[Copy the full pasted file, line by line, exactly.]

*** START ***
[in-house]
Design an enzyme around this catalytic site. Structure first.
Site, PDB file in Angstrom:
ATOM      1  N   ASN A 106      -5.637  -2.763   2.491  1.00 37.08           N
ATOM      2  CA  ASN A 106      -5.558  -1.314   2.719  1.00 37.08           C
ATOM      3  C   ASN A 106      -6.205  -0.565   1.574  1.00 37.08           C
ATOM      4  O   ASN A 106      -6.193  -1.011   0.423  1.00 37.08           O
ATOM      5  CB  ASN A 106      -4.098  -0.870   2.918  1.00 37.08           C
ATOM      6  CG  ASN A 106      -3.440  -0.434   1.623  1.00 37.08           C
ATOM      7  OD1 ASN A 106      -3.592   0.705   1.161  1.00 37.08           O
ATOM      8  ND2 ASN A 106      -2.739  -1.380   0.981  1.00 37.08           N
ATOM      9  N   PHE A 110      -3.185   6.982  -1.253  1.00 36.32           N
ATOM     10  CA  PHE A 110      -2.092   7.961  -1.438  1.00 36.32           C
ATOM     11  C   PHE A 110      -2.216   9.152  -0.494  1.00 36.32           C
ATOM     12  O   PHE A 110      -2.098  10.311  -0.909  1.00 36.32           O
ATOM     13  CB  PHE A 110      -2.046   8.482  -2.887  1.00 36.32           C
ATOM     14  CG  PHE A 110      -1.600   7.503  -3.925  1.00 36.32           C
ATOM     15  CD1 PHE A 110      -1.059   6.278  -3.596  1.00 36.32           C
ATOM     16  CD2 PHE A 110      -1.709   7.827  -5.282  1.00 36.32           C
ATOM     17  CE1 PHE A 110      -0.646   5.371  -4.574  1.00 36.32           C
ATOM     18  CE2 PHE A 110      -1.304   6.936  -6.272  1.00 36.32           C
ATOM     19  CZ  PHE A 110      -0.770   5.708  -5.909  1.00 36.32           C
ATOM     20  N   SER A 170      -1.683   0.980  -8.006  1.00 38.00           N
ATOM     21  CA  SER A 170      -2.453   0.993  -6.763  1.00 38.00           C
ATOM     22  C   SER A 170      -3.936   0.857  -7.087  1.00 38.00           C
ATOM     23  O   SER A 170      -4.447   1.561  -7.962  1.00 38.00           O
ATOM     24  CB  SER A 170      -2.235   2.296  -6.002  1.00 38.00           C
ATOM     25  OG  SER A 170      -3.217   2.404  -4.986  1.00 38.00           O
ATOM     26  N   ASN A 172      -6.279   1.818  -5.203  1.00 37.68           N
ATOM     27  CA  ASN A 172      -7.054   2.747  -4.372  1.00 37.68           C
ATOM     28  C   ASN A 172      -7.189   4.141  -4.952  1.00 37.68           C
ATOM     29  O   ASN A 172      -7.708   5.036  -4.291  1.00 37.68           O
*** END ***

[in-house]
Design an enzyme around this catalytic site. Structure first.
Site, PDB file in Angstrom:
ATOM      1  N   ASN A 106      -5.637  -2.763   2.491  1.00 37.08           N
ATOM      2  CA  ASN A 106      -5.558  -1.314   2.719  1.00 37.08           C
ATOM      3  C   ASN A 106      -6.205  -0.565   1.574  1.00 37.08           C
ATOM      4  O   ASN A 106      -6.193  -1.011   0.423  1.00 37.08           O
ATOM      5  CB  ASN A 106      -4.098  -0.870   2.918  1.00 37.08           C
ATOM      6  CG  ASN A 106      -3.440  -0.434   1.623  1.00 37.08           C
ATOM      7  OD1 ASN A 106      -3.592   0.705   1.161  1.00 37.08           O
ATOM      8  ND2 ASN A 106      -2.739  -1.380   0.981  1.00 37.08           N
ATOM      9  N   PHE A 110      -3.185   6.982  -1.253  1.00 36.32           N
ATOM     10  CA  PHE A 110      -2.092   7.961  -1.438  1.00 36.32           C
ATOM     11  C   PHE A 110      -2.216   9.152  -0.494  1.00 36.32           C
ATOM     12  O   PHE A 110      -2.098  10.311  -0.909  1.00 36.32           O
ATOM     13  CB  PHE A 110      -2.046   8.482  -2.887  1.00 36.32           C
ATOM     14  CG  PHE A 110      -1.600   7.503  -3.925  1.00 36.32           C
ATOM     15  CD1 PHE A 110      -1.059   6.278  -3.596  1.00 36.32           C
ATOM     16  CD2 PHE A 110      -1.709   7.827  -5.282  1.00 36.32           C
ATOM     17  CE1 PHE A 110      -0.646   5.371  -4.574  1.00 36.32           C
ATOM     18  CE2 PHE A 110      -1.304   6.936  -6.272  1.00 36.32           C
ATOM     19  CZ  PHE A 110      -0.770   5.708  -5.909  1.00 36.32           C
ATOM     20  N   SER A 170      -1.683   0.980  -8.006  1.00 38.00           N
ATOM     21  CA  SER A 170      -2.453   0.993  -6.763  1.00 38.00           C
ATOM     22  C   SER A 170      -3.936   0.857  -7.087  1.00 38.00           C
ATOM     23  O   SER A 170      -4.447   1.561  -7.962  1.00 38.00           O
ATOM     24  CB  SER A 170      -2.235   2.296  -6.002  1.00 38.00           C
ATOM     25  OG  SER A 170      -3.217   2.404  -4.986  1.00 38.00           O
ATOM     26  N   ASN A 172      -6.279   1.818  -5.203  1.00 37.68           N
ATOM     27  CA  ASN A 172      -7.054   2.747  -4.372  1.00 37.68           C
ATOM     28  C   ASN A 172      -7.189   4.141  -4.952  1.00 37.68           C
ATOM     29  O   ASN A 172      -7.708   5.036  -4.291  1.00 37.68           O